• Homeworking looks set to stay

Whilst the nation’s key workers have had no option but to travel into their place of work throughout lockdown, the implications for office workers have been very different. Levels of homeworking have accelerated rapidly in a short space of time and commuting daily now seems somewhat unnecessary for many. The Office for National Statistics said 49% of workers reported working from home at some point in the seven days to 14 June, up from 41% the previous week. A BNP Paribas Real Estate survey on ‘post-pandemic office life’ suggested that only 12% of employed workers would like to return to the office full time or five days a week after lockdown is lifted.

The technology required for people to work from home, such as video conference calls, has existed for years but a culture of ‘Presentee-ism’ has been harder to shift. Habits are notoriously difficult to change, but once workers have embraced a new style of working, it will be much more difficult to get staff back in the office five days a week again, especially if they’ve proved they can be effective and agile whilst working from a remote location. Flexible working, where office workers split their time between the office and at home, could be the future for many. According to Lloyds Bank, nearly a quarter of Britain’s workforce already works flexibly across different locations. This in turn may have significant implications for the future location of housing, as people may choose to live further away from their places of work, though it should be stressed that many jobs cannot be done at a computer and require workers to be in a particular place of work.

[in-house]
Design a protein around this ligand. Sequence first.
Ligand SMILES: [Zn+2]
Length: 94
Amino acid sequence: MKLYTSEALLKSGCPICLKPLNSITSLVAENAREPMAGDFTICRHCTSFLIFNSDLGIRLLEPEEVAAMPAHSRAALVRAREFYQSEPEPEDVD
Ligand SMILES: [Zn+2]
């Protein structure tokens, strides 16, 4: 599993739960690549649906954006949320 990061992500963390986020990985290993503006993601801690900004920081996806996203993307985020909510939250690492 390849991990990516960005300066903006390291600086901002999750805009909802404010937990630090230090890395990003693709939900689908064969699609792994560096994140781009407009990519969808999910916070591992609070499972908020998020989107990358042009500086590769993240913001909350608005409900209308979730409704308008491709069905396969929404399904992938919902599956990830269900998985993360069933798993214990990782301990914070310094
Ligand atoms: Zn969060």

New build housing of the future will no doubt be designed differently as a direct result of these changing working practices, with proper dedicated workspaces, not just in family homes but also in smaller flats with one or two bedrooms.

  • A new role for the High Street

Much of the retail industry has been adversely impacted by COVID-19, with the growth of online shopping accelerating like never before, particularly amongst the over 65s, and this could lead to even greater demand for large warehousing and distribution centres. The decline of our High Streets has long been a topic of concern but the careful management of the retraction of our town centres is going to need even closer attention post-pandemic. It is difficult to predict what the High Street of the future will look like, but there is potential that some town centre shops and commercial office buildings will be converted to residential spaces over time; with homes sitting alongside cafés and other service industries such as barbers and hair salons. One thing is for certain, our nation’s High Streets could look very different 10 years from now.